Application of data fusion techniques and technologies for wearable health monitoring

Rachel C. King, Emma Villeneuve, Ruth J. White, R. Simon Sherratt, William Holderbaum, William S. Harwin

Research output: Contribution to journalArticlepeer-review


Technological advances in sensors and communications have enabled discrete integration into everyday objects, both in the home and about the person. Information gathered by monitoring physiological, behavioural, and social aspects of our lives, can be used to achieve a positive impact on quality of life, health, and well-being. Wearable sensors are at the cusp of becoming truly pervasive, and could be woven into the clothes and accessories that we wear such that they become ubiquitous and transparent. To interpret the complex multidimensional information provided by these sensors, data fusion techniques are employed to provide a meaningful representation of the sensor outputs. This paper is intended to provide a short overview of data fusion techniques and algorithms that can be used to interpret wearable sensor data in the context of health monitoring applications. The application of these techniques are then described in the context of healthcare including activity and ambulatory monitoring, gait analysis, fall detection, and biometric monitoring. A snap-shot of current commercially available sensors is also provided, focusing on their sensing capability, and a commentary on the gaps that need to be bridged to bring research to market.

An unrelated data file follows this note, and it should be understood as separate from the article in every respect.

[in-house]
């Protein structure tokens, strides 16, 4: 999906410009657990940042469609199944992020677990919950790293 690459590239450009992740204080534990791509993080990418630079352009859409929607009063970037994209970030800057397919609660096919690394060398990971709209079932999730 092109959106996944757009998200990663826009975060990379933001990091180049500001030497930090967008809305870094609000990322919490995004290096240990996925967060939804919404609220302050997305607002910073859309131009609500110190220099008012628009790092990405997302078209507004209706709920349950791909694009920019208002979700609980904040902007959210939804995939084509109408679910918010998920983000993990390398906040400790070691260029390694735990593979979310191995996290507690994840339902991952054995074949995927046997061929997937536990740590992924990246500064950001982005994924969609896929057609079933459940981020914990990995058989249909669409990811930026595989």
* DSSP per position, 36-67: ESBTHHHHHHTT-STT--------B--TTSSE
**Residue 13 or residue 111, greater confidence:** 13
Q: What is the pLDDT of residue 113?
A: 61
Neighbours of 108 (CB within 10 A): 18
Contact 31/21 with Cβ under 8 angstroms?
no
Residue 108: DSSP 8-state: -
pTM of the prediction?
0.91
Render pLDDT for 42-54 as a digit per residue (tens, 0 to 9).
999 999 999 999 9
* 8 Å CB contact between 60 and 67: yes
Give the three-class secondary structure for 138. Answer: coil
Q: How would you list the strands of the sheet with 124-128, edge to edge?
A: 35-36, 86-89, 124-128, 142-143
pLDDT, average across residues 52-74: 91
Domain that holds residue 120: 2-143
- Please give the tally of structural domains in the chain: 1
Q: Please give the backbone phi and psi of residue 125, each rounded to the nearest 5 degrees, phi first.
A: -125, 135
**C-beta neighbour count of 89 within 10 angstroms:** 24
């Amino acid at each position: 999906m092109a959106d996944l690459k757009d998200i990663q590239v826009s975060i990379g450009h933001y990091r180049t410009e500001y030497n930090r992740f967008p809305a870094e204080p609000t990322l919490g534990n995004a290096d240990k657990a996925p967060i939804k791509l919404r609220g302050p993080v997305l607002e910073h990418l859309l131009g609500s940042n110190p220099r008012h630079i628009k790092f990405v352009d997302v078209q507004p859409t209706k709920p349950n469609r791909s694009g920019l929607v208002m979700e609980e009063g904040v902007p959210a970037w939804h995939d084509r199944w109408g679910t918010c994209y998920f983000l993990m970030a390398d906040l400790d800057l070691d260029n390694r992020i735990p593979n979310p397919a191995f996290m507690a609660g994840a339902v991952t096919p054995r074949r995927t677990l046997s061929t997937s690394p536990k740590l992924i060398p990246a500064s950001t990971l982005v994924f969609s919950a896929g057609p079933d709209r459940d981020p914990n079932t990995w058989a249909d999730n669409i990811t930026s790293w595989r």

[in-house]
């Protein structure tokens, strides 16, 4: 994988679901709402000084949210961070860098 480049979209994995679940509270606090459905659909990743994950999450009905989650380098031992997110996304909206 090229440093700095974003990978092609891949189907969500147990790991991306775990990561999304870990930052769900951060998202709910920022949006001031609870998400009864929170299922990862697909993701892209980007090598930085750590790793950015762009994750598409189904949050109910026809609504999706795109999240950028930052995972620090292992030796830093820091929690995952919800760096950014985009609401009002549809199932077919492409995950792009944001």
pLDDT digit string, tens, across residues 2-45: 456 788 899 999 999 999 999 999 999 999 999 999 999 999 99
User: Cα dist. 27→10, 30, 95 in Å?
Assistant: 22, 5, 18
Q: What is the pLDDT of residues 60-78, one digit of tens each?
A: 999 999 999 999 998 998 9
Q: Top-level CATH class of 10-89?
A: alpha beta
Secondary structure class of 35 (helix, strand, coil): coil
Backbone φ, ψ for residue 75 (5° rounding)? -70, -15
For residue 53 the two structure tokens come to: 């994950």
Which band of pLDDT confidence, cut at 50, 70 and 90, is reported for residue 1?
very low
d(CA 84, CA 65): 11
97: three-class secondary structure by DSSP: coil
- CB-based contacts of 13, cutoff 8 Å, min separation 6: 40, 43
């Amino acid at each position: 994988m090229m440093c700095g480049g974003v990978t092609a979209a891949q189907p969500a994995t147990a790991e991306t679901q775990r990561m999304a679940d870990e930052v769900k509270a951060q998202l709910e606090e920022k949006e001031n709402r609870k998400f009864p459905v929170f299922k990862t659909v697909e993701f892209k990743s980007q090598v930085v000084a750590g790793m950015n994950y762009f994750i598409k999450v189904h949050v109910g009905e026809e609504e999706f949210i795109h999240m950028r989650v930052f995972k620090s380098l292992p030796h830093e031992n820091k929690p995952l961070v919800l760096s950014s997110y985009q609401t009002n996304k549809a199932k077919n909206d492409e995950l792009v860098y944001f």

Original languageEnglish
Pages (from-to)1-12
JournalMedical Engineering and Physics
Early online date23 Feb 2017
Publication statusPublished - 1 Apr 2017

Bibliographical note

© 2017 The Authors. Published by Elsevier Ltd on behalf of IPEM.This is an open access article under the CC BY license.(


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